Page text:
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Frederick County Office of Economic Development Highlights MacRo LTD’s Ashleigh Kiggans

A Conversation on Success and Diversity with Frederick Commercial Real Estate Broker Ashleigh Kiggans


Before becoming a lead sales associate and Vice President at MacRo, Ashleigh’s previous position was at Carr Workplaces. She started as a receptionist of their Reston, Virginia location and within two years, she moved up to the general manager position at one of the organization’s largest spaces in downtown Washington DC.

After leaving the job and taking time off to decide if she wanted to continue working in real estate, she came across a blog by Rocky Mackintosh on LinkedIn titled: “Who Will be My Next Apprentice?”

Rocky’s job posting invited applications from those who would like to be mentored and break into the commercial real estate business. Ashleigh saw the job posting, wrote a 500-word essay and a cover letter, and five years later, she’s moved from mentee to leading sales associate all the way to Vice President.

Ashleigh has become well known within her industry, receiving such acclaim as becoming an “Emerging Dealmaker” finalist in the Frederick Real Estate and Development (FRED) Awards and being highlighted in Frederick Magazine as one of “five people to watch” in 2019.

Ashleigh is one of the few full-time women active CRE agents, and one of the only full-time Black woman CRE agent based in Frederick County.

We recently sat down with Ashleigh to get her perspective on diversity and inclusion within the Frederick commercial real estate industry, and her advice for those wanting to break into it.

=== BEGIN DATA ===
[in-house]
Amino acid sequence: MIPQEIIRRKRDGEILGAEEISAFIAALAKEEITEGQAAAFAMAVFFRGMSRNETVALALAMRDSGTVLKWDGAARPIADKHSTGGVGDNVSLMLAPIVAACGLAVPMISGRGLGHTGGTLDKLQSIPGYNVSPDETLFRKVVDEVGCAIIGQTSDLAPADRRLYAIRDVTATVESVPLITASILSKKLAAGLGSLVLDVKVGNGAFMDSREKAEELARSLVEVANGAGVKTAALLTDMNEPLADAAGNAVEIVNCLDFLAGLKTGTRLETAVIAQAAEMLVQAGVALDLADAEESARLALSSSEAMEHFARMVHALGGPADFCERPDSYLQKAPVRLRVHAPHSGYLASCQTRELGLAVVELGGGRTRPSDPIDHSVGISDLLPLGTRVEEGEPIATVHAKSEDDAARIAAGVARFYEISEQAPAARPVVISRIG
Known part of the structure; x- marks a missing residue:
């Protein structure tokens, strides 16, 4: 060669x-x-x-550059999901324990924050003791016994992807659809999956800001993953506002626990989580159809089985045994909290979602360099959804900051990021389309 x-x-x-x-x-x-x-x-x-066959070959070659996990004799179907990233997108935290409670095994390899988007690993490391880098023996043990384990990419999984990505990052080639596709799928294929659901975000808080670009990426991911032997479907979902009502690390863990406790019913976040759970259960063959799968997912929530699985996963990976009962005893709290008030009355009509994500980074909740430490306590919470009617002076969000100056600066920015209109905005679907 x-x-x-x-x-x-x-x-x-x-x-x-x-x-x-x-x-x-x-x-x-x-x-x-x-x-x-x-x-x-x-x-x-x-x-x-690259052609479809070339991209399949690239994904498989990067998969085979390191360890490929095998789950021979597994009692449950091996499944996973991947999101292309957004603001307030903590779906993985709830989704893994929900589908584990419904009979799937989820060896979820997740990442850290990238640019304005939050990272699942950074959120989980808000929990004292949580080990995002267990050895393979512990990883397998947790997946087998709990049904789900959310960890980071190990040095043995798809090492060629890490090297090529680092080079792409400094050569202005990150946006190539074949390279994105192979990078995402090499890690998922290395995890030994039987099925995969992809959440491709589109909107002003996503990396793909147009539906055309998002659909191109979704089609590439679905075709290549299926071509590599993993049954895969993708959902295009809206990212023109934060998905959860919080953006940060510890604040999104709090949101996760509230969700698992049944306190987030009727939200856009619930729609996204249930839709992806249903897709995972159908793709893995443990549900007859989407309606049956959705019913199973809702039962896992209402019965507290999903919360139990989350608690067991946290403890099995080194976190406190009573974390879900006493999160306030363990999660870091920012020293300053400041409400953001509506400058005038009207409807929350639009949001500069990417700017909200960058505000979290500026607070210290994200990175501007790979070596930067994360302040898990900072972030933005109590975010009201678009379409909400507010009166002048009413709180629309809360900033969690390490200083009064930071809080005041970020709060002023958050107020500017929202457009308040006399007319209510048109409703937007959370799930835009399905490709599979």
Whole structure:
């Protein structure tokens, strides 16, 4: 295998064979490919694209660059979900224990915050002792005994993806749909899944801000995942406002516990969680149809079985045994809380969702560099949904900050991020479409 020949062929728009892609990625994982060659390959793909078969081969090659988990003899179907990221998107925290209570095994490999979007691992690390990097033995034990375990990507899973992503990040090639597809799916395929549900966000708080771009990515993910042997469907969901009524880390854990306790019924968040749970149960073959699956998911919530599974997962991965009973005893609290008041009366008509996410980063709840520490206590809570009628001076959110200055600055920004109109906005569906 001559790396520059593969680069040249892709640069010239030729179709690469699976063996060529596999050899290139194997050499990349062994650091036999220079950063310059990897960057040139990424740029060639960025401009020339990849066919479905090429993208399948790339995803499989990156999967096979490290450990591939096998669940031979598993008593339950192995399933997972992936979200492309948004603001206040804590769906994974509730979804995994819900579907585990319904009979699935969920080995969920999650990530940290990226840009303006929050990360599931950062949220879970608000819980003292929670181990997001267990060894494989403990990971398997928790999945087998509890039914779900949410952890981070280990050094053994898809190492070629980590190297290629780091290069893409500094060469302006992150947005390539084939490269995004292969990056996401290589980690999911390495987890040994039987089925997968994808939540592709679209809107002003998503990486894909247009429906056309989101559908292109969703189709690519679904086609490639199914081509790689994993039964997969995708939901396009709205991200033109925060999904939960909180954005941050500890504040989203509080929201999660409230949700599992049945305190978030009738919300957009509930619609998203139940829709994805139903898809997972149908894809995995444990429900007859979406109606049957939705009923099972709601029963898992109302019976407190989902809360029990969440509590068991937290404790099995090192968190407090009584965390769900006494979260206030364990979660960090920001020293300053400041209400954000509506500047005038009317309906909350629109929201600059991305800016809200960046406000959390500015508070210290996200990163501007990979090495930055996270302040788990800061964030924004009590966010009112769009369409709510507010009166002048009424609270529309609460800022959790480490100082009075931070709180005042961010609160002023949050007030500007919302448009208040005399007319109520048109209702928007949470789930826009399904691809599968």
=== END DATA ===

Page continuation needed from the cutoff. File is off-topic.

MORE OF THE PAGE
Would you say that the Frederick real estate industry is diverse and inclusive? 

Is it diverse?

“Not at all.” (Laughs.) “I love all the guys I work with — it’s not their fault. It more has to do with this being a small community. When I was in DC, it was much more diverse, but African Americans are still underrepresented overall when it comes to the commercial industry.”

Is it inclusive?

“I would say yes, it is inclusive. I have not had a lot of negative experiences. The challenge is that it is a little harder to break into this industry. You need someone who can help give you those first opportunities. However, this isn’t just due to diversity or race. In commercial real estate in general, it is helpful to have someone established to help you break into the industry. It’s helpful to have a mentor.”

Within Frederick County, how do you think that we could better support diversity in commercial real estate?

“The county could help by finding ways to connect and promote minorities within the industry. They have started to really push this by developing the Frederick County Executive Minority Development Program.”

“Really, what’s needed is to change the way that people view Frederick. Whenever I leave Frederick, I hear people describe it as a ‘good ole’ boys’ community.’ So, it’s a bigger question of: how do you change that perception?”

What advice would you give to an underrepresented individual looking to get into commercial real estate?